Digital technology and the net are reforming so many things, among them photography. Do you remember when we used to develop films with 2 or 3 summer holidays on the same roll, and then bury the prints deep in the family album? Now we can snap hundreds of shots a day and share them on the net in real-time. If you are lucky your shared shot or video can get more viewers than a small newspaper has readers. The newspaper is made by professionals who know the ethical and legal aspects of publishing. But do you know? How do you decide if it is OK to publish a shot or not? Or to take the photo in the first place? With common sense? That’s OK, it’s a good start. But I suggest that you get familiar with some of the basic legal aspects too.
You know how it is to ask a lawyer if something is legal or not. It’s impossible to get a straight answer. I start to understand why when digging into this problem. There are really so many aspects that matter and many things that aren’t black and white (no pun intended). And on top of that, the international aspect. Laws are different in every country. I have been looking a long time for a good and comprehensive guide that covers photo law in different countries. In vain so far.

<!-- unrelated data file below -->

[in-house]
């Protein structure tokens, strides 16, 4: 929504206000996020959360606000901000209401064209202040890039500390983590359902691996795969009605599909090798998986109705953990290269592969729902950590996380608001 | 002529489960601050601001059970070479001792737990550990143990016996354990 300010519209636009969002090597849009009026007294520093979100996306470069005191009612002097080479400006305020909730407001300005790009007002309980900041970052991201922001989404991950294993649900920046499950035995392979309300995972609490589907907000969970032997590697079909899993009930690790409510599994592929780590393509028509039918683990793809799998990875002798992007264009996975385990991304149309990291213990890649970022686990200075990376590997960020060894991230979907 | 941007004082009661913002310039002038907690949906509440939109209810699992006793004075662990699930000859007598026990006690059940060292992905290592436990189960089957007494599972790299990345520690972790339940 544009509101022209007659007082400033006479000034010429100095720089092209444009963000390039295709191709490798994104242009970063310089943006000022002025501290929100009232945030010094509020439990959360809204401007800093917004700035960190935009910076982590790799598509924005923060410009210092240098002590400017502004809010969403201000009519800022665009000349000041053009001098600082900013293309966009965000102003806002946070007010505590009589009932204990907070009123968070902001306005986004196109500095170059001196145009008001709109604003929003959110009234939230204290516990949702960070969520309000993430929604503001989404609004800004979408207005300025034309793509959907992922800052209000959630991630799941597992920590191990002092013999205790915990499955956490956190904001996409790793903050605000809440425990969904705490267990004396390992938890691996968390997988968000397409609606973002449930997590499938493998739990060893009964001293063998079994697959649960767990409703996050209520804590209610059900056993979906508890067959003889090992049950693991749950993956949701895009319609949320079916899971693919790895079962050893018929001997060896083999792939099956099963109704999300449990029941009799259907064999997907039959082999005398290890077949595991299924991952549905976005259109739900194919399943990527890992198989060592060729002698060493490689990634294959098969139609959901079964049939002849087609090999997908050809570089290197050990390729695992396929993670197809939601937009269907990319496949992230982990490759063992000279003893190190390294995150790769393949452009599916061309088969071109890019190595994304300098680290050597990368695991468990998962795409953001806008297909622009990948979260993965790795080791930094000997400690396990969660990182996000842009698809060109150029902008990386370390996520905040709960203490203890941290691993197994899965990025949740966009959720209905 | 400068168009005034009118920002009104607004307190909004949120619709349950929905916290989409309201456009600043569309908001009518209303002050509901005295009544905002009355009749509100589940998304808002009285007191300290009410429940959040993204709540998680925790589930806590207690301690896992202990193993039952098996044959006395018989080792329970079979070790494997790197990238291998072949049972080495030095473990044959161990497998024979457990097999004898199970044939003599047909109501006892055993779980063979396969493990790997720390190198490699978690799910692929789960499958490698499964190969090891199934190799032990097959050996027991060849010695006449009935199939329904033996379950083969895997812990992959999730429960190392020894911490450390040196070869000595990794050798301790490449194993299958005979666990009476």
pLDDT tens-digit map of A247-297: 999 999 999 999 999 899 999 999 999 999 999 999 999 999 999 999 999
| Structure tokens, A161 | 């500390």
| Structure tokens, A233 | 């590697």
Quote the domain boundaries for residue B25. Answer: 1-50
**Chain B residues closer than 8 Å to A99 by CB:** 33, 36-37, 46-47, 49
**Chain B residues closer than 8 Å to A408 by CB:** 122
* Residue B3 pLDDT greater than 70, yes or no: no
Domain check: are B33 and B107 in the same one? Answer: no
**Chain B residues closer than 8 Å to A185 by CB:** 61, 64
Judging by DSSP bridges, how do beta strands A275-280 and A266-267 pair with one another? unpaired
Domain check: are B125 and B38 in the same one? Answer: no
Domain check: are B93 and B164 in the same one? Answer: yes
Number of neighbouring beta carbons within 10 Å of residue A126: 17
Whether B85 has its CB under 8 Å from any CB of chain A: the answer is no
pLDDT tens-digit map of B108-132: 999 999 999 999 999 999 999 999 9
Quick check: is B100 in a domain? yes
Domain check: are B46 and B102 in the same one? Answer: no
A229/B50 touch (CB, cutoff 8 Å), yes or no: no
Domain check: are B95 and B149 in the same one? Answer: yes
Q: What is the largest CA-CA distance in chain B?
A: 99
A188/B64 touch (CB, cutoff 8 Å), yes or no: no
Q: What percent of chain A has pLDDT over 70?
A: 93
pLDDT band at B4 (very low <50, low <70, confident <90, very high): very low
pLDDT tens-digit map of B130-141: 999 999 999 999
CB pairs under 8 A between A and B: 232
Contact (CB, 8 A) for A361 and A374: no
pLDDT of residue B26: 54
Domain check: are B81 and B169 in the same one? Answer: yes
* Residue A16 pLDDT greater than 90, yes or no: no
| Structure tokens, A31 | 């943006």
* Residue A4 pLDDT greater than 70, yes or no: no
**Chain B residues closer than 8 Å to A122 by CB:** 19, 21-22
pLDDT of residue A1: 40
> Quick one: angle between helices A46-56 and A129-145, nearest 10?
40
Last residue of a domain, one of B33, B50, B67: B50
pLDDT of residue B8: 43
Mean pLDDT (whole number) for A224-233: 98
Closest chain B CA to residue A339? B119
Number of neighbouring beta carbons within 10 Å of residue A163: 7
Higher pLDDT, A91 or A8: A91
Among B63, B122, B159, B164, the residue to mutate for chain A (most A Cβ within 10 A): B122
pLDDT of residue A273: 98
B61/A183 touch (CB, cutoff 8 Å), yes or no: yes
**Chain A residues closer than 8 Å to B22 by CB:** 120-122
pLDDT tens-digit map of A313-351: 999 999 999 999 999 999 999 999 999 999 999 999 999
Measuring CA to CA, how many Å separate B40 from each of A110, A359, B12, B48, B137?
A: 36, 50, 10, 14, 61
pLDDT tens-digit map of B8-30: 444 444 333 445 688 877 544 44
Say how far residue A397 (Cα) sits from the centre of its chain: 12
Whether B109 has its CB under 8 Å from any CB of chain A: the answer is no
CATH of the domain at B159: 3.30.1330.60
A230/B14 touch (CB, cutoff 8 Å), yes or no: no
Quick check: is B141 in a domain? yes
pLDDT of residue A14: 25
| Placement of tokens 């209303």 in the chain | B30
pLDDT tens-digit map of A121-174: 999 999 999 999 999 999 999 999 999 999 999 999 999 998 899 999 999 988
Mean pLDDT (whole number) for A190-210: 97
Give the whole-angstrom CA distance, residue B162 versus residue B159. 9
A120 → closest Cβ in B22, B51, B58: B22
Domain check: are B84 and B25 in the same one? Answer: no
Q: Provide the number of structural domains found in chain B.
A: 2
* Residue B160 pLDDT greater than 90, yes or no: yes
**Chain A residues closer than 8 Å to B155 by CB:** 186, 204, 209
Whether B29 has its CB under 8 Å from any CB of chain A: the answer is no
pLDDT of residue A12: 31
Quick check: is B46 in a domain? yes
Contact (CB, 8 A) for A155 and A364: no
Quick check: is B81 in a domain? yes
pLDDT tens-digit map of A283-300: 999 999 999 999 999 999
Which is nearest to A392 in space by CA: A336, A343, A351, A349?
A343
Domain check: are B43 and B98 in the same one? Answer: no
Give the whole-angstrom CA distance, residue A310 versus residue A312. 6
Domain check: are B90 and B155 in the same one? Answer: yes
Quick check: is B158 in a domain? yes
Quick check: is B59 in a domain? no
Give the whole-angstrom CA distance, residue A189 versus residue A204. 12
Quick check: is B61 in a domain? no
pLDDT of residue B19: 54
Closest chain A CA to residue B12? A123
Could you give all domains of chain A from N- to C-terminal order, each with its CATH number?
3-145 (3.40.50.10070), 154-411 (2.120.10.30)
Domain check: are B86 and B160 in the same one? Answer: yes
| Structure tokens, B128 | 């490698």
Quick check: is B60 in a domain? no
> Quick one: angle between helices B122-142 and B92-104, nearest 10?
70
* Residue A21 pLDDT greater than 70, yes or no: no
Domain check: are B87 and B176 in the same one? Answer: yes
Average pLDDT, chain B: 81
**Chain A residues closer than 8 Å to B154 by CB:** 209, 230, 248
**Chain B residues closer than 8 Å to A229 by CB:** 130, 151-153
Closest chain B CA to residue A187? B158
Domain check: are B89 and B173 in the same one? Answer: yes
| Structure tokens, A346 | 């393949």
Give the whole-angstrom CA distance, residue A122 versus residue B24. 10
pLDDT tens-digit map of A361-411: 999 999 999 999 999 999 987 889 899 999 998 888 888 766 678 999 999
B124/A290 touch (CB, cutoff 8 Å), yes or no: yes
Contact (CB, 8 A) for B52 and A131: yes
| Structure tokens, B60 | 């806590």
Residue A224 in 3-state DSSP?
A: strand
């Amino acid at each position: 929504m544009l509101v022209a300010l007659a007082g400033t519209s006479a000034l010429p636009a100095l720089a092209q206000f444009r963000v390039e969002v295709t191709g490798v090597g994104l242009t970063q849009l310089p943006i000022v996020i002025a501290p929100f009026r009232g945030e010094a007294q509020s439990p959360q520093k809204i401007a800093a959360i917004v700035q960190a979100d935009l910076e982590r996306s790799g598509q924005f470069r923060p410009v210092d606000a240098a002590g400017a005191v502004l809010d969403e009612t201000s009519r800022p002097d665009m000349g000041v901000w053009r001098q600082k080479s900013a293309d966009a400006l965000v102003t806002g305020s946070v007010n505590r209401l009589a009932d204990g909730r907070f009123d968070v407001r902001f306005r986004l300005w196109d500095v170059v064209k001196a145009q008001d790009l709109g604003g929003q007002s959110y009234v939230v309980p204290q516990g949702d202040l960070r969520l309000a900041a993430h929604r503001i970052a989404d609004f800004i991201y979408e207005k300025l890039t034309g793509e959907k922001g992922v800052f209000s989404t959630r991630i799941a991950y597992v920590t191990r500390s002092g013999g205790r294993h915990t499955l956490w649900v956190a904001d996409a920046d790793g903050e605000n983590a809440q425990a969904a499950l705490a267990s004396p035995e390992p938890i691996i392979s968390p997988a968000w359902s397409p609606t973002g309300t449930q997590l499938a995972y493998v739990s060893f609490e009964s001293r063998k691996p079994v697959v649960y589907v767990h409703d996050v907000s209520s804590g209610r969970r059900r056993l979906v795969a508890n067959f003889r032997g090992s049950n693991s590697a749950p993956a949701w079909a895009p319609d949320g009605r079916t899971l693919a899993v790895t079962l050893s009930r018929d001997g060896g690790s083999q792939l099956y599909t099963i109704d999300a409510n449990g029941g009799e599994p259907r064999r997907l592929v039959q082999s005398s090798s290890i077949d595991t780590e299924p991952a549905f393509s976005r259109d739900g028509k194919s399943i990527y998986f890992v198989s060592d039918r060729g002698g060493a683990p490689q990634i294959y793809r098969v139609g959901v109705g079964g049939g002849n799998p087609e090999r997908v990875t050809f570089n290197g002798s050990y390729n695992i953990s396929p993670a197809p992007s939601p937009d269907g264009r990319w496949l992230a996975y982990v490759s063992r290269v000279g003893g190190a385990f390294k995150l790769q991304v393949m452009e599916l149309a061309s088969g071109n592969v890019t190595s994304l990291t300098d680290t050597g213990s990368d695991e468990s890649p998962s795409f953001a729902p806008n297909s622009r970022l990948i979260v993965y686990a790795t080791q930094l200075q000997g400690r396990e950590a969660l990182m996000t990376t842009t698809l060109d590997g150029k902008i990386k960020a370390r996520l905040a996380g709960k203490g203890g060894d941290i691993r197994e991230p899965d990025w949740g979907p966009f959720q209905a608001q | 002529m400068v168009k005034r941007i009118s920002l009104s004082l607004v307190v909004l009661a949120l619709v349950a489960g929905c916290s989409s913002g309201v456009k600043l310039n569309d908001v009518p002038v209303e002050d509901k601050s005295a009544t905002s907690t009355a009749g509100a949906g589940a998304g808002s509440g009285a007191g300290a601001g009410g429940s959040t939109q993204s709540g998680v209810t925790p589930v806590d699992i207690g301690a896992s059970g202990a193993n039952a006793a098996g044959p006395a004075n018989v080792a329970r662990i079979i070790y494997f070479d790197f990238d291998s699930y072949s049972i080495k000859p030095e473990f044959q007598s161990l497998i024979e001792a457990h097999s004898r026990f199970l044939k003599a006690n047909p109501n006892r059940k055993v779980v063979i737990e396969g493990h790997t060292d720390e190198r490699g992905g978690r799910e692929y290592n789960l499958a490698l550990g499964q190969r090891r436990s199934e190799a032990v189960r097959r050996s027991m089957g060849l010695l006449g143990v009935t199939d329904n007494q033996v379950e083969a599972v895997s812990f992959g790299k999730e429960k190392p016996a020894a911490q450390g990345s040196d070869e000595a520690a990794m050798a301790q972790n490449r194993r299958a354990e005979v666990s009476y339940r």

That’s an indication about how big and complex the issue is. But I’m going to give it a try anyway. I have tried to list the basic principles in a very compact form. This list can’t be very precise as it isn’t country specific. So be aware that the law in a specific country can differ from what’s stated below. But the risk that your camera puts you in trouble should be significantly lower if you know at least these principles.
As said. This summary is an attempt to list some generic fundamentals that should be valid pretty much everywhere. That’s a good start, but if you are a serious photographer you should educate yourself with more accurate info for your own country. Also, what’s said about photos also applies to video.
Do you know of a good source that covers international photo law? Or a good guide for your own country? Then post a link as a comment to this article. Maybe there isn’t a comprehensive international guide, but a collection of links to guides for different countries is almost as good.